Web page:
By Ruffin Prevost
CODY, WYO. — As grizzly bear populations continue to rise in the greater Yellowstone region and in other habitat areas, bear managers are sharing information about what works—and what doesn’t—in their ongoing efforts to keep both bears and people safe.
In Alberta, Canada, those efforts include using specially trained dogs to haze bears, adapting old shipping containers for use as bear-proof storage sheds and even airdropping stockpiled roadkill to the high country as a spring food source for grizzlies.
As grizzly bears multiply and disperse in Alberta, “they are spilling out onto the prairie landscape, and it’s the first time in three or four generations that people have had to deal with grizzly bears,” said biologist Jay Honeyman. “It’s causing a tremendous amount of angst in the communities.”
Honeyman, who specializes in human-bear conflict reduction for the Alberta Fish and Wildlife Division, spoke Friday in a lecture jointly sponsored by the Greater Yellowstone Coalition and the Buffalo Bill Historical Center.
Grizzly bear hunts in Alberta were suspended in 2006 and the animals were granted threatened status in 2010, Honeyman said. The area is home to an estimated 691 bears, but they will retain threatened status until the grizzly population reaches 1,000.
Female grizzlies in Alberta generally take longer to reproduce than sows in the Yellowstone area, making it tougher for Canadian populations to rebound, Honeyman said. That means it is especially important to avoid euthanizing or relocating a productive sow.
So Alberta wildlife officials have focused on a range of techniques to avoid conflicts in more populated areas and agricultural zones, he said.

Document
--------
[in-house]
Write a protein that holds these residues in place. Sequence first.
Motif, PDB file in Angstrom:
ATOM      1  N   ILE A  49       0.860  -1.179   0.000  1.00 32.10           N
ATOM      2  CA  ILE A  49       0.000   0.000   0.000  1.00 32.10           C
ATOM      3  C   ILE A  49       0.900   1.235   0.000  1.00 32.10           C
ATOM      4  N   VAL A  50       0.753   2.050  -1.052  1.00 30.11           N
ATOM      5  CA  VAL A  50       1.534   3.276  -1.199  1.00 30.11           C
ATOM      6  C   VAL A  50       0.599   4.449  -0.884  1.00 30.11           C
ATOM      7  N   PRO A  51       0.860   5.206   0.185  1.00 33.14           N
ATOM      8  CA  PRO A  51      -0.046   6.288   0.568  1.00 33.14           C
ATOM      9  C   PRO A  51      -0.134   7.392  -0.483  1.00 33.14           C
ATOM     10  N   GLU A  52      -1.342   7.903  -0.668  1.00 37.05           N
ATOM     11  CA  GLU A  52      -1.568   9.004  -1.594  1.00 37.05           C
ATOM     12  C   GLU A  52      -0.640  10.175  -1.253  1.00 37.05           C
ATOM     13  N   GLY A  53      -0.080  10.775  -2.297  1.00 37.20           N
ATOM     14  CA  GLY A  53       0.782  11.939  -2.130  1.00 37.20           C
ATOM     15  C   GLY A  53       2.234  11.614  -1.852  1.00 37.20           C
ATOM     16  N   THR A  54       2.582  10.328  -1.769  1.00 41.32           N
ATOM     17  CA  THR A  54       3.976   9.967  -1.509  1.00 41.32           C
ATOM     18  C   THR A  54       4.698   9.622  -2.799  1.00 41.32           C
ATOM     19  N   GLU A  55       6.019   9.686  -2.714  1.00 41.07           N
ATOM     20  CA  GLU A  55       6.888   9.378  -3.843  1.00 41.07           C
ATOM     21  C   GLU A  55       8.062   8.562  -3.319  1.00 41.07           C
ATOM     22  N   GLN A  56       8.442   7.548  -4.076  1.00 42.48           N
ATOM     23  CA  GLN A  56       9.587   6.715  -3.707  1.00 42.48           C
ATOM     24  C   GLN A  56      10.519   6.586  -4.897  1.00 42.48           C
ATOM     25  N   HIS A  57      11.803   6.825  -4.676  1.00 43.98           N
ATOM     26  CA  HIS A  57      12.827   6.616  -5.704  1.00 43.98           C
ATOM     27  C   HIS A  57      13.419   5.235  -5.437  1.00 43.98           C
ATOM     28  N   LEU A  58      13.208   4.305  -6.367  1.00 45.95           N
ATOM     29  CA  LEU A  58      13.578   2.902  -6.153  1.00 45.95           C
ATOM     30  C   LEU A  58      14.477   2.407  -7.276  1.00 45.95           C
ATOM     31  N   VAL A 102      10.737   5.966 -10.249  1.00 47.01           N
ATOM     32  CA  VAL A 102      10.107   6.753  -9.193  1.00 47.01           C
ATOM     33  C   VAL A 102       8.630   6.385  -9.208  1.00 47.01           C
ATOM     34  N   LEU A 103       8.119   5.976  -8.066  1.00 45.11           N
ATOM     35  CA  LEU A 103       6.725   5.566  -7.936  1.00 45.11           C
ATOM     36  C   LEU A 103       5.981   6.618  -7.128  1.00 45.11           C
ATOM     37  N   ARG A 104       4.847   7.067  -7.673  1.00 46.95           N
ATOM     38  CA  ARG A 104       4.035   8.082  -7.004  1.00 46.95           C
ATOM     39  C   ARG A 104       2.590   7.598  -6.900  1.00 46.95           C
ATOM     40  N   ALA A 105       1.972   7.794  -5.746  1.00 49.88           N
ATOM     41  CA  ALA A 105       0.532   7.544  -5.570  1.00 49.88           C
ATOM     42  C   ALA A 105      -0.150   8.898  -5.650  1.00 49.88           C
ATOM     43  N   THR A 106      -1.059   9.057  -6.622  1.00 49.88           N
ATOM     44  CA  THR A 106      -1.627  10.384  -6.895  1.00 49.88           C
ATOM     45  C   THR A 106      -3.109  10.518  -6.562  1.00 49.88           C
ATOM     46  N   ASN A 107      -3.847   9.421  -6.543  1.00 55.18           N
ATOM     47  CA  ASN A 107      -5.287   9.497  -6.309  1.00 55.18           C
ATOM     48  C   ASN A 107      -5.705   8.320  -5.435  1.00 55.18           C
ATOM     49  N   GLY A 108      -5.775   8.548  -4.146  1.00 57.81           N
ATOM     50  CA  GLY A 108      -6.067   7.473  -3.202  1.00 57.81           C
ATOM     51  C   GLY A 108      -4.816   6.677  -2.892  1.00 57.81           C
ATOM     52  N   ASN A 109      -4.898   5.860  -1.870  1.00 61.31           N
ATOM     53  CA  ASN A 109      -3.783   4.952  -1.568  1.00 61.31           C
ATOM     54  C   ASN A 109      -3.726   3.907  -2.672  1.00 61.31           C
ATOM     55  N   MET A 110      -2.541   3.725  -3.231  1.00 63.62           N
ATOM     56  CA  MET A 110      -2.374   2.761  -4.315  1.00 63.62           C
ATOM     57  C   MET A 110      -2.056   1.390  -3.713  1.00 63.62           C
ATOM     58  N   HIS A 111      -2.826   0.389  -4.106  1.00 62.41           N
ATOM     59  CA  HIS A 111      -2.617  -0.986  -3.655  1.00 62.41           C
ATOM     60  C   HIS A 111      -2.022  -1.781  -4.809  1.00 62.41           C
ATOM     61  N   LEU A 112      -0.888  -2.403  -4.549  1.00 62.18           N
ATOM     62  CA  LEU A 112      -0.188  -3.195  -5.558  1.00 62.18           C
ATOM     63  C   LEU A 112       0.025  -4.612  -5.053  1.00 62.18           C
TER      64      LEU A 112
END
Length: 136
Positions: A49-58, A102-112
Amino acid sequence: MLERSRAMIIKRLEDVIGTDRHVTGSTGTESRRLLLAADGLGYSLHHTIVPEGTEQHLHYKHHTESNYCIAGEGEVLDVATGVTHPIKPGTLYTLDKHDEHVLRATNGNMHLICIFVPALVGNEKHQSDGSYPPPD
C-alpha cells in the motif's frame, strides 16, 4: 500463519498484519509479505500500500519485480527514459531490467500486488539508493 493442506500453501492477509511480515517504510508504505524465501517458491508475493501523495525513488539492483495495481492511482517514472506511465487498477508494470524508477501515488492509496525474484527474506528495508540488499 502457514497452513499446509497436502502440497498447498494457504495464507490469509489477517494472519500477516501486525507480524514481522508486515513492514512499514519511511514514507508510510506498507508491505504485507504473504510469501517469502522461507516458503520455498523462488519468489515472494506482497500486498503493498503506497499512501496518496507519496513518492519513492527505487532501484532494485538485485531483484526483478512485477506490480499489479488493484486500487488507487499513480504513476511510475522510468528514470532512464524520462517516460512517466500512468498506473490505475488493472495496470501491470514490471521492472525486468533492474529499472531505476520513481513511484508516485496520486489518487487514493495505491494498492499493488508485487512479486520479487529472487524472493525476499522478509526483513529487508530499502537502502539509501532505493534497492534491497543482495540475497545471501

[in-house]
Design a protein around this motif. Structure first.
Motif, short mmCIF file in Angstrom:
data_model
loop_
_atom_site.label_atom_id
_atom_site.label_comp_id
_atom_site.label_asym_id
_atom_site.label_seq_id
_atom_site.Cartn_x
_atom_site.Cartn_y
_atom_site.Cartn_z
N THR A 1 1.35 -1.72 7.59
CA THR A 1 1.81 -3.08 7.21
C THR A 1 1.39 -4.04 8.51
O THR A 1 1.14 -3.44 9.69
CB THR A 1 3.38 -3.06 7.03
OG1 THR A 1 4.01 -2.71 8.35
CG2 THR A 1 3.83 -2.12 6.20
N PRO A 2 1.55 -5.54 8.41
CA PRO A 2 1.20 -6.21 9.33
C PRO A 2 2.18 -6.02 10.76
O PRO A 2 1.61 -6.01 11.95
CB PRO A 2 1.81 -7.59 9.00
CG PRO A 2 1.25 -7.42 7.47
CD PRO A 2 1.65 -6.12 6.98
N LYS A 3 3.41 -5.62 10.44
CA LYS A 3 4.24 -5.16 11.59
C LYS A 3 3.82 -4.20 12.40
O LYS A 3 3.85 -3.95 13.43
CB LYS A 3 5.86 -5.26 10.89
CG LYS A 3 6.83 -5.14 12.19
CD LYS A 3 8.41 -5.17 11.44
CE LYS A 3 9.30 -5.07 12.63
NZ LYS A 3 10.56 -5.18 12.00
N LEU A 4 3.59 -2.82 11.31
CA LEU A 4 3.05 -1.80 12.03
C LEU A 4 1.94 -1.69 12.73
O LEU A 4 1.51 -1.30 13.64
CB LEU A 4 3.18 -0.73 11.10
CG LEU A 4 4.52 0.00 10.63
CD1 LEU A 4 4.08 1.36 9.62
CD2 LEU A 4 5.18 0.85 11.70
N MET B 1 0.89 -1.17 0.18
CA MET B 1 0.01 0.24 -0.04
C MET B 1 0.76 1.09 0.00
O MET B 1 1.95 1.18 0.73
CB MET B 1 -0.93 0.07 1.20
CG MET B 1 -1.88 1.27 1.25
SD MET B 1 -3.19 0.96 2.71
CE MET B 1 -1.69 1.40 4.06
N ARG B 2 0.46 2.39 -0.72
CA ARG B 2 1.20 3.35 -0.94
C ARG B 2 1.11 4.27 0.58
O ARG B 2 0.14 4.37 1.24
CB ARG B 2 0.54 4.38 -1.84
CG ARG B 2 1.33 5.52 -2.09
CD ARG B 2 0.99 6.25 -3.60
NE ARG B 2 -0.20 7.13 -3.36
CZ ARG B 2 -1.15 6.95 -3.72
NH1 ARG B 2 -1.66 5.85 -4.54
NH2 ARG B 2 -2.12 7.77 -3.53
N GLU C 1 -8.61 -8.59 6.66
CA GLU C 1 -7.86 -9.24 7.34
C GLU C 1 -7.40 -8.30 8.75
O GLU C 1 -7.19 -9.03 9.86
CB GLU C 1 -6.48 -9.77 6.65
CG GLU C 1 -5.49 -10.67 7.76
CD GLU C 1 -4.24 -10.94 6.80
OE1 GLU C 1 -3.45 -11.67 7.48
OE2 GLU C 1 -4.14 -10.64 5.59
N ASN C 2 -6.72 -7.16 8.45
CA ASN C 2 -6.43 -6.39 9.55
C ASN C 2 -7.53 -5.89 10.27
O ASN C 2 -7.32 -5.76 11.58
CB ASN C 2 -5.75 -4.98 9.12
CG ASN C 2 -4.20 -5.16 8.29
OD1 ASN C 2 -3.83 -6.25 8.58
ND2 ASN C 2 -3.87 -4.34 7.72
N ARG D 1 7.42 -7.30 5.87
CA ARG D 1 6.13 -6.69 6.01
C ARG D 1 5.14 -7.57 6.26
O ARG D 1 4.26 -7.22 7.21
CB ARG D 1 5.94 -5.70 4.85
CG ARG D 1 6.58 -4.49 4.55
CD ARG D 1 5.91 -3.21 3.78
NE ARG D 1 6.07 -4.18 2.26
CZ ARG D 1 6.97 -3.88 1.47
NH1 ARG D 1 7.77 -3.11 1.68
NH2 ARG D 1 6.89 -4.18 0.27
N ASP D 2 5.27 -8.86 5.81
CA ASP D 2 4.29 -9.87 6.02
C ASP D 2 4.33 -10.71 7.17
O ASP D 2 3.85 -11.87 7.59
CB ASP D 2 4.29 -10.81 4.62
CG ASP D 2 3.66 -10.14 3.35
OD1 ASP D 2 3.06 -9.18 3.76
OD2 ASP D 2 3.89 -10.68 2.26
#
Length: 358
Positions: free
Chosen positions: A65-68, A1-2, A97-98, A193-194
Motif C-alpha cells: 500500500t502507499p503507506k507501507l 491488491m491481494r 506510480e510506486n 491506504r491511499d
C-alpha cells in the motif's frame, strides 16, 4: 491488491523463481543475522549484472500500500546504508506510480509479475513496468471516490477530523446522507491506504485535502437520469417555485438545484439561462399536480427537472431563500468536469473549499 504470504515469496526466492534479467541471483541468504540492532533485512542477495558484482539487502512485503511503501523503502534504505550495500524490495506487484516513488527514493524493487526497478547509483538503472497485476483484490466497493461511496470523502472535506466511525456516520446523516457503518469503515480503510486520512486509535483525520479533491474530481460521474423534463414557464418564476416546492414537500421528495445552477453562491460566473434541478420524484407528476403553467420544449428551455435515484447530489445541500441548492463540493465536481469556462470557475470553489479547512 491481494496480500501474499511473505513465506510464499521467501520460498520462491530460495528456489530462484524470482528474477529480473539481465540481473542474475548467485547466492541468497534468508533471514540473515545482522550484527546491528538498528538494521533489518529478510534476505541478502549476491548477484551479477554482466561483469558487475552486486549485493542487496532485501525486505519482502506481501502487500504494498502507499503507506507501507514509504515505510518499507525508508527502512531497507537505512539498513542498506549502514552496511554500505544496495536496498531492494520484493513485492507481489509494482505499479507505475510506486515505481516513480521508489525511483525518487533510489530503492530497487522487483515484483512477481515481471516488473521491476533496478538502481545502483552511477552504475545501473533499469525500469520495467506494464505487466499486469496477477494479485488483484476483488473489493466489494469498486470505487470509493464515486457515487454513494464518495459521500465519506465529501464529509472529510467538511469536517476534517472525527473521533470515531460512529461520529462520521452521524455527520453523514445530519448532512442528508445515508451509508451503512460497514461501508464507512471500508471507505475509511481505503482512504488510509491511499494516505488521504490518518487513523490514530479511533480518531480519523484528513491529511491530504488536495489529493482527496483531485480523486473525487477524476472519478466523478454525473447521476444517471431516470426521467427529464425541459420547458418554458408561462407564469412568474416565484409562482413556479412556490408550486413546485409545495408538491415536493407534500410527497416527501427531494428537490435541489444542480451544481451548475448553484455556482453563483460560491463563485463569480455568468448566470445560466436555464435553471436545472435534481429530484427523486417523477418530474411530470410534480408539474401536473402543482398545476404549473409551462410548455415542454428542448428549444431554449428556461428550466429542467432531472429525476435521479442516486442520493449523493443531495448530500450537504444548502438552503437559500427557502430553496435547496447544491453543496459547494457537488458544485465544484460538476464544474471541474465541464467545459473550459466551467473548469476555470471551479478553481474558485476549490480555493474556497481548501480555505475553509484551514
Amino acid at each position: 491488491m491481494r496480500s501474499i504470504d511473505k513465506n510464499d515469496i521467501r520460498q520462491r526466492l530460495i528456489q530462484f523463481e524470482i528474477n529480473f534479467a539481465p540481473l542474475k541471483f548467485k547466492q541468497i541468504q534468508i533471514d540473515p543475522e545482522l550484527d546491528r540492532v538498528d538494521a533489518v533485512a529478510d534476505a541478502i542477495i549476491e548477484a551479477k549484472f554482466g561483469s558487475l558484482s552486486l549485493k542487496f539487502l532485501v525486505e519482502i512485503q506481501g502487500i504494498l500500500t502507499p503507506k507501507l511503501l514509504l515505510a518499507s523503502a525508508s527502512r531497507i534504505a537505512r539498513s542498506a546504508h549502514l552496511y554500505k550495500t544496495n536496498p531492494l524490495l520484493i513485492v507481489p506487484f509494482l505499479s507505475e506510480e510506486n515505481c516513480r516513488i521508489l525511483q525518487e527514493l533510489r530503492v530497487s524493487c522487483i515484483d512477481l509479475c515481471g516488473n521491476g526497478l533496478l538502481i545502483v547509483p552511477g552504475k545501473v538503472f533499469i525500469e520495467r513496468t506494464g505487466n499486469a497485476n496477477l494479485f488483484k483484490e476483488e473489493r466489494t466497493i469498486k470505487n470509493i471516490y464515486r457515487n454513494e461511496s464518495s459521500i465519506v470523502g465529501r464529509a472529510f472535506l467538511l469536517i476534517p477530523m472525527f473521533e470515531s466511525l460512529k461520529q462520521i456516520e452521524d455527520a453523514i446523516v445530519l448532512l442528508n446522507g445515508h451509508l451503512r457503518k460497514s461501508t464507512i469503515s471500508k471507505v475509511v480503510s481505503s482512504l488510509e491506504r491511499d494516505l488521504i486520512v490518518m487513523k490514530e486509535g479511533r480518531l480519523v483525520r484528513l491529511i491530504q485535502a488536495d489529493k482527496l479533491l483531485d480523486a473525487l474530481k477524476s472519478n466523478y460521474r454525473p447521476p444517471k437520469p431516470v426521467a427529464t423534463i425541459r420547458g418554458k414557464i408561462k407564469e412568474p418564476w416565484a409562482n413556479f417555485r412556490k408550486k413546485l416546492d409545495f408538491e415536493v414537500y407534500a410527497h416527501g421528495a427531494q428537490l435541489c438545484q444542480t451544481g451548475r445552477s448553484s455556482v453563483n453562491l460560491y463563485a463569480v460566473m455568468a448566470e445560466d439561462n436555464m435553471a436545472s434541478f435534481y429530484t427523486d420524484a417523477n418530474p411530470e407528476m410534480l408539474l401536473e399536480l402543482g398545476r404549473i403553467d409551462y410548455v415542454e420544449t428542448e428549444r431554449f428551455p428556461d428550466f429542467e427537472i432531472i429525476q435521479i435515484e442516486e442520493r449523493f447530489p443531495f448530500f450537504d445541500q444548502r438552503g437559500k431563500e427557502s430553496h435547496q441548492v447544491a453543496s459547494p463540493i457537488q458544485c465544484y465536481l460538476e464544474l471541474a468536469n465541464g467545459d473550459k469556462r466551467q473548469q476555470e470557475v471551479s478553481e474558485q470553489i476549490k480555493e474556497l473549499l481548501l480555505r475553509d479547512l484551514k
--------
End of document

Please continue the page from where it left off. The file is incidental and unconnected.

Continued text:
During the winter, roadkill in southern Alberta’s ag regions is placed in special containers to be collected and stored until spring. Each March, helicopters fly the roadkill into the high country where bears completing hibernation feed on it. The idea is to keep grizzlies in alpine regions during the domestic livestock calving periods, Honeyman said.
“The carcass distribution program seems to have, for the most part, stopped grizzly depredation on calving,” he said.
Alberta bear managers also use three specially trained dogs to haze problem bears away from populated areas. The Karelian bear dogs are not big, but they are fierce, barking and charging at bears to create in them an aversion to returning to a specific area or engaging in unwanted behavior.
Shipping containers used by ocean freighters to bring manufactured goods to North America are retrofitted and used as storage sheds for bear attractants, Honeyman said. For about $3,000 dollars or less, the containers can be turned into bear-proof feed or grain bins in places where there have been multiple attractant-related conflicts.
Some of the most complex and high-intensity techniques Honeyman is using are applied only around the Bow Valley community of Canmore, an Alberta city of about 12,000 that Honeyman compared to Jackson, Wyo.
“They have a fairly high tolerance level for carnivores being in the valley,” he said.
Honeyman said what works in Canada might not necessarily work around Yellowstone.
“I’m not hear to tell you guys how to manage grizzly bears,” he said.
Mark Bruscino, large carnivore manager for the Wyoming Game and Fish Department, attended Honeyman’s lecture and said later that it was good for the public to see that bear managers are communicating across regional and jurisdictional boundaries.
“People are sharing new information and techniques constantly, and if it fits with their specific needs based on the geographic region, they use it,” Bruscino said. “Everyone is looking for new and better tools.”
Contact Ruffin Prevost at 307-213-9818 or [email protected].